The French translation may well be an opportunity to discover the book for those who missed the affair at the time. The torso was discovered exactly 10 days after 9/11, and, in France at least, the affair went relatively unnoticed. Richard Hoskins’s involvement in the case was personal from the start. Lecturing on African religion at the time, he was contacted by the London Metropolitan Police to help solve the mystery of Adam’s demise. But the book he wrote 10 years later (Adam’s murderers have yet to be brought to justice), is in fact a personal journey and Hoskins sets the scene in the opening chapters of the book : « if Adam could be laid to rest, then so could my own ghosts. Couldn’t they? »
Investigating Adam’s murder brought Hoskins 15 years back to the days when, a young newly-wed idealist, he established himself with his wife for a few months in the Congo (the couple ended up staying a full 6 years). Sue Hoskins became pregnant and gave birth to identical twin girls. The first was still-born but the second, little Abigail, survived. Hoskins and his wife had overcome the death of their other twin daughter when Hoskins was approached one afternoon by Tata Mpia, a local carpenter. The man claimed he too was a twin whose elder brother had died. He spoke of the living dead and told Hoskins Abigail’s elder twin was calling her « to join her in the shadowlands ». To prevent the impending death of Abigail, Hoskins, Tata Mpia instructed, should visit the nganga (witch doctor) and sacrifice an animal. Though disturbed by the man’s prophecy, Hoskins did no such thing. As a « Westerner », he tells us today, this was « a line (he) didn’t want to cross ».
Shortly after Tata Mpia’s visit, Abigail died of a fever. It is this traumatic encounter with death and witchcraft in the Congo that Hoskins was drawn back to in his investigation of Adam’s murder. The investigation in itself was clearly a turning-point as Hoskins moved on to become a novelist and a famous criminologist. He no longer considers himself an academic although he still lectures on occasion.
Interestingly enough, The Boy in the River, opens with a quotation of W. B. Yeats’s The Second Coming :

« Turning and turning in the widening gyre
The falcon cannot hear the falconer;
Things fall apart; the centre cannot hold
Mere anarchy is loosed upon the world… » 1

And indeed, Hoskins interprets the growing number of cases of exorcism or human sacrifice he describes in his book against the backdrop of globalization, of a world where « the centre cannot hold » and where « things fall apart ». The belief in ndoki (withcraft) is widespread in West Africa and is fuelled by the growing numbers of « pop-up » fundamentalist Christian churches. To quote from an article published in The Guardian in June 2005, « … in a country that has been deeply traumatised by war, disease and corruption, (…) one of the few growth industries is Pentecostal churches, which are offering salvation after years of bloodshed.” 2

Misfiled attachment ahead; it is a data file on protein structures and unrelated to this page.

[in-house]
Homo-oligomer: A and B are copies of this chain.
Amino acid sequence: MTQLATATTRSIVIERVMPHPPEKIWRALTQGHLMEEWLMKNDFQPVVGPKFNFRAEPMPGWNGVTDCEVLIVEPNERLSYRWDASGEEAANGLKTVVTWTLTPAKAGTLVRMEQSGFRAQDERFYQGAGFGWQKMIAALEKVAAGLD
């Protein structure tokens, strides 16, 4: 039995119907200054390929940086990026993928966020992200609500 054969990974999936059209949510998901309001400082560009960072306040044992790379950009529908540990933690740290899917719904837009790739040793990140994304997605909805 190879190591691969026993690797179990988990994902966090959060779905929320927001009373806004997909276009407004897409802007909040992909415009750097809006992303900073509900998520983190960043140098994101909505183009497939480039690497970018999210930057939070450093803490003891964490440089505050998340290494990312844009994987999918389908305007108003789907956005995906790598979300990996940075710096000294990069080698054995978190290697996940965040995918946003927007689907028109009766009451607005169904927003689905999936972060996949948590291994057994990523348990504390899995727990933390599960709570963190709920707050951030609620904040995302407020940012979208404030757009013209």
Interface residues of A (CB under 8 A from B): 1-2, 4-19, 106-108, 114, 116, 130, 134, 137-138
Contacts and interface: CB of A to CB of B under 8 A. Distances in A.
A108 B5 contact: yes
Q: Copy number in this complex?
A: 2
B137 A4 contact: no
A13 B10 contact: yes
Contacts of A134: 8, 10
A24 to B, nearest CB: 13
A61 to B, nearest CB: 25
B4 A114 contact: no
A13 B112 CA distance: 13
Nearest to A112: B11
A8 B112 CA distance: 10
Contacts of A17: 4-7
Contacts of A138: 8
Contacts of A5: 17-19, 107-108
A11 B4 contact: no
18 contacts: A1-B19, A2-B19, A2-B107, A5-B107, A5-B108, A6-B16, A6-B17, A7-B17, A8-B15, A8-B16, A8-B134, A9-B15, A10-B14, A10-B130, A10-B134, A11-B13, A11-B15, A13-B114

In an interview he gave to Italian journalists in Rome on October 29th 1974, Jacques Lacan foretold the « Triumph of Religion ». « Science, Lacan declared, is going to introduce such earth-shattering things that religion is going to be needed to make sense of them ». For the power of religion stems from its ability to « clean up » after the advances of science, from its ability to deliver and invent meaning as an answer to the Real. In the words of Jacques-Alain Miller « The more dysfunctional things get, the more help we see coming from the fields of meaning » (« Au fur et à mesure que ça dysfonctionne, on voit le renfort arriver des disciplines du sens ») 3. Richard Hoskins’s interpretation of the current cases he investigates confirms Lacan’s prediction. Yet, Hoskins came back a changed man from the personal journey that took him back to his traumatic past. « It’s not so much that you take these cases back home, he told me, it’s the part of you you leave behind ». Despite the years he spent as an academic, Richard Hoskins has given up searching for meaning, a meaning that would give us solace and explain off the terrible crimes he investigates. Adam’s murder isn’t featured alongside Reggie and Ronnie Kray’s crimes or John George Haise’s bathtub in Scotland Yard’s new museum. For Adam, for Abigail, there is no closure.

1The quotation was picked upon by Nigerian author Chinua Achebe for the title of his post-colonial novel, Things Fall Apart (1958), in which a female character gives birth to 4 sets of twins, all of which are abandoned in the Evil Forest. Hoskins explains how twins were considered as unknown until recently and were thus feared and discarded, in keeping with religious beliefs.
3 Jacques-Alain Miller, Un effort de poésie, May 14th and 21st 2003.